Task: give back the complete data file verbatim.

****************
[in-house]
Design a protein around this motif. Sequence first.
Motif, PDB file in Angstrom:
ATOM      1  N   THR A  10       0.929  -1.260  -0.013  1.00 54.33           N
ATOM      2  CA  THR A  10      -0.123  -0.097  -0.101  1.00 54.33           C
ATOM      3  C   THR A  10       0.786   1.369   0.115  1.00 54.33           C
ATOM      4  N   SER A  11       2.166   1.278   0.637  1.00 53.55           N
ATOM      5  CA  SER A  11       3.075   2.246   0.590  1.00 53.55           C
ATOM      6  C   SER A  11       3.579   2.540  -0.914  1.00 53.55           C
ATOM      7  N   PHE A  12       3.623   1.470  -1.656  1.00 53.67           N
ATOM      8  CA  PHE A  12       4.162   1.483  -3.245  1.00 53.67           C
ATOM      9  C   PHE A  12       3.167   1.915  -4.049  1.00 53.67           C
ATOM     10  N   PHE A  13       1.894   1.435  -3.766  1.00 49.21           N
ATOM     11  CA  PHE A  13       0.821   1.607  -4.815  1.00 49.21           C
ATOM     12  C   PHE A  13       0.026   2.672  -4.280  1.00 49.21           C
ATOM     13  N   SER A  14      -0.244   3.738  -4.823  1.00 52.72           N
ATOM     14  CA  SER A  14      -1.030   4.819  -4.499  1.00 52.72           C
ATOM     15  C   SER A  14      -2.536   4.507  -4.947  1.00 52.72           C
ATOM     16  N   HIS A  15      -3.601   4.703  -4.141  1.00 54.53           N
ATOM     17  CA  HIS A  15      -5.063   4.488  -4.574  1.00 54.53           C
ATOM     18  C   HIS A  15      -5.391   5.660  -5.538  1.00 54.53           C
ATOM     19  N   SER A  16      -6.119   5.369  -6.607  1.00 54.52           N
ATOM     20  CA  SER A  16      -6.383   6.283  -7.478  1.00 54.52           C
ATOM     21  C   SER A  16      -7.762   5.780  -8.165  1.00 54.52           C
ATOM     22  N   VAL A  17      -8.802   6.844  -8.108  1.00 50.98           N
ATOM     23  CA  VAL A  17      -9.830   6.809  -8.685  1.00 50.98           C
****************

[in-house]
Design a protein around this motif. Sequence first.
Motif, PDB file in Angstrom:
ATOM      1  N   THR A  10       0.929  -1.260  -0.013  1.00 54.33           N
ATOM      2  CA  THR A  10      -0.123  -0.097  -0.101  1.00 54.33           C
ATOM      3  C   THR A  10       0.786   1.369   0.115  1.00 54.33           C
ATOM      4  N   SER A  11       2.166   1.278   0.637  1.00 53.55           N
ATOM      5  CA  SER A  11       3.075   2.246   0.590  1.00 53.55           C
ATOM      6  C   SER A  11       3.579   2.540  -0.914  1.00 53.55           C
ATOM      7  N   PHE A  12       3.623   1.470  -1.656  1.00 53.67           N
ATOM      8  CA  PHE A  12       4.162   1.483  -3.245  1.00 53.67           C
ATOM      9  C   PHE A  12       3.167   1.915  -4.049  1.00 53.67           C
ATOM     10  N   PHE A  13       1.894   1.435  -3.766  1.00 49.21           N
ATOM     11  CA  PHE A  13       0.821   1.607  -4.815  1.00 49.21           C
ATOM     12  C   PHE A  13       0.026   2.672  -4.280  1.00 49.21           C
ATOM     13  N   SER A  14      -0.244   3.738  -4.823  1.00 52.72           N
ATOM     14  CA  SER A  14      -1.030   4.819  -4.499  1.00 52.72           C
ATOM     15  C   SER A  14      -2.536   4.507  -4.947  1.00 52.72           C
ATOM     16  N   HIS A  15      -3.601   4.703  -4.141  1.00 54.53           N
ATOM     17  CA  HIS A  15      -5.063   4.488  -4.574  1.00 54.53           C
ATOM     18  C   HIS A  15      -5.391   5.660  -5.538  1.00 54.53           C
ATOM     19  N   SER A  16      -6.119   5.369  -6.607  1.00 54.52           N
ATOM     20  CA  SER A  16      -6.383   6.283  -7.478  1.00 54.52           C
ATOM     21  C   SER A  16      -7.762   5.780  -8.165  1.00 54.52           C
ATOM     22  N   VAL A  17      -8.802   6.844  -8.108  1.00 50.98           N
ATOM     23  CA  VAL A  17      -9.830   6.809  -8.685  1.00 50.98           C